Pelagius in Roman Biography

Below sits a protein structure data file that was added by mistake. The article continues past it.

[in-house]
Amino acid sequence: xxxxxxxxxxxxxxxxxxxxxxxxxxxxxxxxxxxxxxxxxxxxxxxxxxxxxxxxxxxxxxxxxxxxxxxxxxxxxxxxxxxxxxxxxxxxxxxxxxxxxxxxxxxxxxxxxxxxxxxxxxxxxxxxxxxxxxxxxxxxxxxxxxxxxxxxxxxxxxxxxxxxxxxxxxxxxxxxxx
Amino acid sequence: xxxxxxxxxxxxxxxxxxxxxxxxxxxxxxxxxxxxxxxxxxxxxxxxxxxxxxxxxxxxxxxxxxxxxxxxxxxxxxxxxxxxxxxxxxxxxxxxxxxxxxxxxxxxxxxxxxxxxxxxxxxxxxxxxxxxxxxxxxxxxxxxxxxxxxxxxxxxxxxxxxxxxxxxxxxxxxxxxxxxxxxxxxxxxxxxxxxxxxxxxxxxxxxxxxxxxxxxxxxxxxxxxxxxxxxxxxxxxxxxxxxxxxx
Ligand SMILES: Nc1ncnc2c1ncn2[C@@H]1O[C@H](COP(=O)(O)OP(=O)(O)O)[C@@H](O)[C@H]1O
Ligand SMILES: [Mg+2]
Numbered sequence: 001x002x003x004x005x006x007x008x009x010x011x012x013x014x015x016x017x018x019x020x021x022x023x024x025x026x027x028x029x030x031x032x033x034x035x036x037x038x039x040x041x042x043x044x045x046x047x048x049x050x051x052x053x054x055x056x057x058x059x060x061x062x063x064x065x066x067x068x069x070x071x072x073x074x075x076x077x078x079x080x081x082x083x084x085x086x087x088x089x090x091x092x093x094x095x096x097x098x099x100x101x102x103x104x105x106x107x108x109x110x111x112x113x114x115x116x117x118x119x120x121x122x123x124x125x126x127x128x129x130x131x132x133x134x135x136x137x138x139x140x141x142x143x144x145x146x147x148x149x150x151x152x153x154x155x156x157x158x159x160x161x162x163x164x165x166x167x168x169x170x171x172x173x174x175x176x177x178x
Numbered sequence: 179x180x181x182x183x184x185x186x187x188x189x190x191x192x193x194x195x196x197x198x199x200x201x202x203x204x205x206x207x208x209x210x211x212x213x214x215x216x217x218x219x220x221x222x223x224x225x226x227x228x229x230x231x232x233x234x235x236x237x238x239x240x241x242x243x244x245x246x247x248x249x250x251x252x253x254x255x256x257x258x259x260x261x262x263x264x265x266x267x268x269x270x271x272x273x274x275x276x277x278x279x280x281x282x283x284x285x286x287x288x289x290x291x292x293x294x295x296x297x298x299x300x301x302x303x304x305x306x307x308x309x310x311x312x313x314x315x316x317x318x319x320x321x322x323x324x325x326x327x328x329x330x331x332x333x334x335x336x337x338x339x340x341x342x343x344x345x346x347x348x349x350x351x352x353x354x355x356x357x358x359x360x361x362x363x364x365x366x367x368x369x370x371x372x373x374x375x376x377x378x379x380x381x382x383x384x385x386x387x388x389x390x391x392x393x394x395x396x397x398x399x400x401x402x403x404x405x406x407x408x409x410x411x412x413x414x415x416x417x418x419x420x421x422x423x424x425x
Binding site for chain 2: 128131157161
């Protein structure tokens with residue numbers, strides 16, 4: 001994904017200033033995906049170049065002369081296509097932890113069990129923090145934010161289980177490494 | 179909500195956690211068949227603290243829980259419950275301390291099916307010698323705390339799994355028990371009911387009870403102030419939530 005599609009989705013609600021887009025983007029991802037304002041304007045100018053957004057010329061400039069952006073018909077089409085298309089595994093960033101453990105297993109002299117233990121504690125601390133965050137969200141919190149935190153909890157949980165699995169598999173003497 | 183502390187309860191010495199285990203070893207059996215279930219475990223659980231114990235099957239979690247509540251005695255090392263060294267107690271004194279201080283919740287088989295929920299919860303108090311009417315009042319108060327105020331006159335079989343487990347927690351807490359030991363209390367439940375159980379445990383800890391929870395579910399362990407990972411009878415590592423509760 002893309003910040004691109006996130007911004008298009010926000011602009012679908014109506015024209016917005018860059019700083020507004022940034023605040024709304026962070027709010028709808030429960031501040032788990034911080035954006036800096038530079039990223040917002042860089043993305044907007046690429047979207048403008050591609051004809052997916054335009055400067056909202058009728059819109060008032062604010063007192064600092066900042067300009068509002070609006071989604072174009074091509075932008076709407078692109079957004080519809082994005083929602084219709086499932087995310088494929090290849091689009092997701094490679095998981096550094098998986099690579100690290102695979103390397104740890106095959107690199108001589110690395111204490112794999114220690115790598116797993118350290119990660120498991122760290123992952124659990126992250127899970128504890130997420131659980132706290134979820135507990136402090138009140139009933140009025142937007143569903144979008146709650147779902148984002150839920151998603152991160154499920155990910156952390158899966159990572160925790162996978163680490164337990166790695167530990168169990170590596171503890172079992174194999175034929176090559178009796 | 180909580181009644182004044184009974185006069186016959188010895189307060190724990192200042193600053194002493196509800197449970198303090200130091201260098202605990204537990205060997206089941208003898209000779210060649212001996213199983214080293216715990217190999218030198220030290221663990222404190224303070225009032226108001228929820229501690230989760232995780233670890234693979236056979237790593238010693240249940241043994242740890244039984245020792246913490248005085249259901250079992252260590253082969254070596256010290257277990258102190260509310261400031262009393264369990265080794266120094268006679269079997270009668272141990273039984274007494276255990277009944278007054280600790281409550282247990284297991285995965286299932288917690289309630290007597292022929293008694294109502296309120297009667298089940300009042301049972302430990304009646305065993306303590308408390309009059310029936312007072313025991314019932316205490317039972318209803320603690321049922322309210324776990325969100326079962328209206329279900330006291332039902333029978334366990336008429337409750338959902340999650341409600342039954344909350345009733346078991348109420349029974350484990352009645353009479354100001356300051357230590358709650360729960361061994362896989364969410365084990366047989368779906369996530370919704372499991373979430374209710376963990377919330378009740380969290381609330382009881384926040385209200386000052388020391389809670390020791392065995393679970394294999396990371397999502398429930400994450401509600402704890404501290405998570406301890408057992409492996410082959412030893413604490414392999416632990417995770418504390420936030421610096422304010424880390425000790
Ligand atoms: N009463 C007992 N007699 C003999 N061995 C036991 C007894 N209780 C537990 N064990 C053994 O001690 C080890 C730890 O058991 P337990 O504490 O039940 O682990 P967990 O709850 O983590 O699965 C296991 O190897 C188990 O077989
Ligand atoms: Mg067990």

Pe-la'gl-us, [Gr. IbAayioc ; Fr. Pelage, pl'lSzh',] the founder of the sect of Pelagians, or rather the chief advocate of a system of doctrines called Pelagianism, was born probably in Britain. He began to propagate his doctrines at Rome about 400 A.D., and formed a friendship with Celestius, who became his ardent disciple. He was an admirer of Origen, and an adversary of Saint Augustine in relation to grace and election. Pelagius rejected the dogmas of original sin and absolute predestination. He maintained that the effects of Adam's first sin were confined to himself, and that man's salvation depends on his own exertions. He was condemned by several councils, and was banished from Italy in 418. The eminent purity of his life was freely admitted by his opponents. A system called Semi-Pelagianism prevailed widely in the middle ages, and has many adherents at the present day. As the numerous works of Pelagius are nearly all lost, it is difficult to ascertain exactly what doctrines he taught. His adversaries complained of the haze of subtle dialectics with which he involved every subject of dispute. Among his extant works is a " Commentary on the Epistles of Saint Paul." See Norkis, " Historia Pelagians;" I.. Patouillet, "Vie de Pelage," 1751 ; Bayi.e, " Historical and Critical Dictionary ;" Saint Augustine, "De Gratia Christi" and "De Peccato Originali;" " Nouvelle Biographie Generale.